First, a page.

However the Kurds have rejected this division that, they say, is very far from reflecting the population distribution of Kirkuk and, consequently, the real vote of the electors, which has been made redundant, as was stressed by Mahmud Othman, a Kurdish Alliance M.P.: “If you carve up the number of seats before even holding the elections why bother to vote?”. The Bill also provided for the withdrawal of the Peshmergas from Kirkuk and their replacement, to ensure security, by Iraq soldiers coming from the Centre and South — which is regarded with suspicion by the Kurds.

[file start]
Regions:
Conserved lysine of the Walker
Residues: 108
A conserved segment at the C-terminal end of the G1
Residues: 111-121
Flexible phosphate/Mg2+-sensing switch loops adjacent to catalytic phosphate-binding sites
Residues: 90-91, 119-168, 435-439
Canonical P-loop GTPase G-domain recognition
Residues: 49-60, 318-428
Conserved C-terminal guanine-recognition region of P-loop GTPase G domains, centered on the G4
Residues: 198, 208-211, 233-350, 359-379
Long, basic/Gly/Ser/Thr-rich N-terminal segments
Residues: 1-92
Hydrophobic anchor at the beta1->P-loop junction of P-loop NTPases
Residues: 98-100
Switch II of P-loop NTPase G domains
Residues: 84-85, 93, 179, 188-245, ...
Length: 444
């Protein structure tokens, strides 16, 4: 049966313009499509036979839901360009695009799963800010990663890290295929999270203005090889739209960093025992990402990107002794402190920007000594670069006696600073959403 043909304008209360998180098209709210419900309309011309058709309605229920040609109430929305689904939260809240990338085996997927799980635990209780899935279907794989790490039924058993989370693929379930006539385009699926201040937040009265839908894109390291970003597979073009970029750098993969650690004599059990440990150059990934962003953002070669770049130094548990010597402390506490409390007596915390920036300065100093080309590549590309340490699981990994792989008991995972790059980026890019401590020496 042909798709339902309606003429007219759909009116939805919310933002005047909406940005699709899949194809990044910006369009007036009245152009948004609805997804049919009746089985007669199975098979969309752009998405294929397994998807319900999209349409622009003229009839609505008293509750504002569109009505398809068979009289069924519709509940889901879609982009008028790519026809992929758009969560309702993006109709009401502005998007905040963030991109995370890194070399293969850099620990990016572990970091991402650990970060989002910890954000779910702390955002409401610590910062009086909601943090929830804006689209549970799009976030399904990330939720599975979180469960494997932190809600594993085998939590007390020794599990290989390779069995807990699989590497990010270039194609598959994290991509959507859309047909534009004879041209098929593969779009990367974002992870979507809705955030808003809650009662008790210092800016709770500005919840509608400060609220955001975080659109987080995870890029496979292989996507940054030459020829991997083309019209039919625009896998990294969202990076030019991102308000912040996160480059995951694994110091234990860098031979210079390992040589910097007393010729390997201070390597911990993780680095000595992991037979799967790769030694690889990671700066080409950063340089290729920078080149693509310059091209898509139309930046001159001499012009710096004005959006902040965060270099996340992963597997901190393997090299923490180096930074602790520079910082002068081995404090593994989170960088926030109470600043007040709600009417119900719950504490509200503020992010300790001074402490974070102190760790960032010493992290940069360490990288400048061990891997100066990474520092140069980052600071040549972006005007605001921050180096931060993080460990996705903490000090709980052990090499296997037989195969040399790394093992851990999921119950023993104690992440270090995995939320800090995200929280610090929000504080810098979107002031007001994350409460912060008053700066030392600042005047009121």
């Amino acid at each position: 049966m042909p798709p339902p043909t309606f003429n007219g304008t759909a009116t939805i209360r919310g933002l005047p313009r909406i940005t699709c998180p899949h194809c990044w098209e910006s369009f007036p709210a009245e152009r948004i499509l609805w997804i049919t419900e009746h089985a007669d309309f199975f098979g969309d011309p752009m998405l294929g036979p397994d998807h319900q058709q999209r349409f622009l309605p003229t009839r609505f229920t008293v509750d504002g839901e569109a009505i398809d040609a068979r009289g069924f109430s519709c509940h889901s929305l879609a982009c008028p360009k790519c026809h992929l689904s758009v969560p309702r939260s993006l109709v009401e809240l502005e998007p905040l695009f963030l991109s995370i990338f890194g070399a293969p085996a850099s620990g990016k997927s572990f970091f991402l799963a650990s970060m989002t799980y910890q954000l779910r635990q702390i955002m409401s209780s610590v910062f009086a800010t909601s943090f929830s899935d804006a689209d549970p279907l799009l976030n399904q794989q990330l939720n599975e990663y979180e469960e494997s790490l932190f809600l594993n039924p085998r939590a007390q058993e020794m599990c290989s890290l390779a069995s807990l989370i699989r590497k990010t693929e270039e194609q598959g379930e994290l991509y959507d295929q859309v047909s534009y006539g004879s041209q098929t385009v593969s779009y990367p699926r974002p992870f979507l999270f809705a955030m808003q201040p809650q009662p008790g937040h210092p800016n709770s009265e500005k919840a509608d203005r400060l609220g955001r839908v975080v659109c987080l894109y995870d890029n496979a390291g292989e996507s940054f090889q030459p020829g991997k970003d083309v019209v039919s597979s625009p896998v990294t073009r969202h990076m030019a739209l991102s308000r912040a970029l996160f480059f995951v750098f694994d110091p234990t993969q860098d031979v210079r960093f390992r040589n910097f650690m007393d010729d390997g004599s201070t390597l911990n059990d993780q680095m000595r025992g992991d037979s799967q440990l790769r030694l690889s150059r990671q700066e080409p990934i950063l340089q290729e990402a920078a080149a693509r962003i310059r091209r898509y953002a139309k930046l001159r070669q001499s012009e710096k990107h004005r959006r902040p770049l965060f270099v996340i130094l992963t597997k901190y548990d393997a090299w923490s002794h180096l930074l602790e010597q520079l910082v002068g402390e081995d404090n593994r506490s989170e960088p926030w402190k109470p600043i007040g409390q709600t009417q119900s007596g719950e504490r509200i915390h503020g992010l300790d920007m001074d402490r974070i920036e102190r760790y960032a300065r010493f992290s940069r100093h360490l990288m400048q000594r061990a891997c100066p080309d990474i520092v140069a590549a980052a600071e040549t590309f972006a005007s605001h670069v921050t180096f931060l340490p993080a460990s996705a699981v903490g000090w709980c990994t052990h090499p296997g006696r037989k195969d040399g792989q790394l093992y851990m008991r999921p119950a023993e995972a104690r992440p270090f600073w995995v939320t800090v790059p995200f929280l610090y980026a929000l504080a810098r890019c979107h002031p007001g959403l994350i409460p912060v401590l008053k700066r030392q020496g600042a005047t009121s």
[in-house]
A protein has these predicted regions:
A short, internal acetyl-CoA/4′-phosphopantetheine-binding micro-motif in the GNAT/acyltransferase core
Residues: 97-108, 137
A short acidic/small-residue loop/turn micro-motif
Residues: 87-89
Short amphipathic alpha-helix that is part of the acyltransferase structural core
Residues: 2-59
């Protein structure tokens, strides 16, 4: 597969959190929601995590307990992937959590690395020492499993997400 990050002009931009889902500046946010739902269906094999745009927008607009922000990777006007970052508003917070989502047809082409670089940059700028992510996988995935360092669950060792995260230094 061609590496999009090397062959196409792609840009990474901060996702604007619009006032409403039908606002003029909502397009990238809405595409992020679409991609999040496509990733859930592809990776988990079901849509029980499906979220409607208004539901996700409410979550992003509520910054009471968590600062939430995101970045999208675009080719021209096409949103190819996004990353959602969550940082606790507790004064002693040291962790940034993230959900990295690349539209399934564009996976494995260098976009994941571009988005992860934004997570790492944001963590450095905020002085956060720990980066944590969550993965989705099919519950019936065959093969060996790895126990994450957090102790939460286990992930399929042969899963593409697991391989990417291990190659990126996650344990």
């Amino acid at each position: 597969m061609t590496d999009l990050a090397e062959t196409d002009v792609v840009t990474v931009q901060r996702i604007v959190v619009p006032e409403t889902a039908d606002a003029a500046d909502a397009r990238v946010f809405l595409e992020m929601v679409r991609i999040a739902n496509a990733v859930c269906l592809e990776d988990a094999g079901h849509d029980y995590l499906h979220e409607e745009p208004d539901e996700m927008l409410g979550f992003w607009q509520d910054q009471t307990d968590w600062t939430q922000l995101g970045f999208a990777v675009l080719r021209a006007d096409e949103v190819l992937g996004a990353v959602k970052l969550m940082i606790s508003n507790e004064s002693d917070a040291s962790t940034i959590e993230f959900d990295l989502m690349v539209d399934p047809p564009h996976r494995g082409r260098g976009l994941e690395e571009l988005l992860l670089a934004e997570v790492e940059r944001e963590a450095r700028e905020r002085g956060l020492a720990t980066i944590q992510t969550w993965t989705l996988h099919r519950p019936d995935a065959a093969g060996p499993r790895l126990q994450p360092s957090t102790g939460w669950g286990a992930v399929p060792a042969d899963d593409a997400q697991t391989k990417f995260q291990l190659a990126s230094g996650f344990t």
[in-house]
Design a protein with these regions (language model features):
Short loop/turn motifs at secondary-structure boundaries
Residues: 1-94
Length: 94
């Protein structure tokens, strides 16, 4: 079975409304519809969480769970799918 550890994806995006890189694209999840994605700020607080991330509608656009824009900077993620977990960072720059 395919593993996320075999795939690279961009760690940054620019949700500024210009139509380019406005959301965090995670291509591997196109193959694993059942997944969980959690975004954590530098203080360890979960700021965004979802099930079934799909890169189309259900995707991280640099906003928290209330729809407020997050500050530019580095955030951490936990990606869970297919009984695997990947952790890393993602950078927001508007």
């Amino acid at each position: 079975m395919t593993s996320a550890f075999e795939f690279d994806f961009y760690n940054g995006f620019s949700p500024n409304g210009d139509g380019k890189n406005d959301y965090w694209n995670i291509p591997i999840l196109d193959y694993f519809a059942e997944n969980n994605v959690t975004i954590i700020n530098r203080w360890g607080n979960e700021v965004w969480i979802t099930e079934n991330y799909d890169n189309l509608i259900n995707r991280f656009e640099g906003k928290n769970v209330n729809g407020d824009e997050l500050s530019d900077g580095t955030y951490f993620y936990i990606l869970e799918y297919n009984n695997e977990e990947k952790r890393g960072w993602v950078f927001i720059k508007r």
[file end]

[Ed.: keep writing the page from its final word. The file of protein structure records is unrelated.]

Moreover, the vote was taken on 22 July, when only 140 of the 275 M.P.s were present and thus immediately open to doubt. The two Deputy Speakers of Parliament, the Shiite Sheikh Khalid al-Attiya and the Kurd Aref Tayfur also boycotted the vote while popular demonstrations were organised in all the Kurdistan Region’s cities to protest against it being passed. Thus, several thousand people marched in Irbil, the Kurdistan Region capital, some of them even bearing banners identifying Mahmud Mashadani, Speaker of the Iraqi Parliament, with Saddam Hussein. In Suleimaniah, several thousand protesters, in addition to demonstrating, signed a letter to the governor to be forwarded to the Iraqi parliament. At Duhok on 31 July, the demonstrators presented a statement opposing the law to be sent to the UN Secretary General, to the President of Iraq, the President of Kurdistan and other leading officials of the country.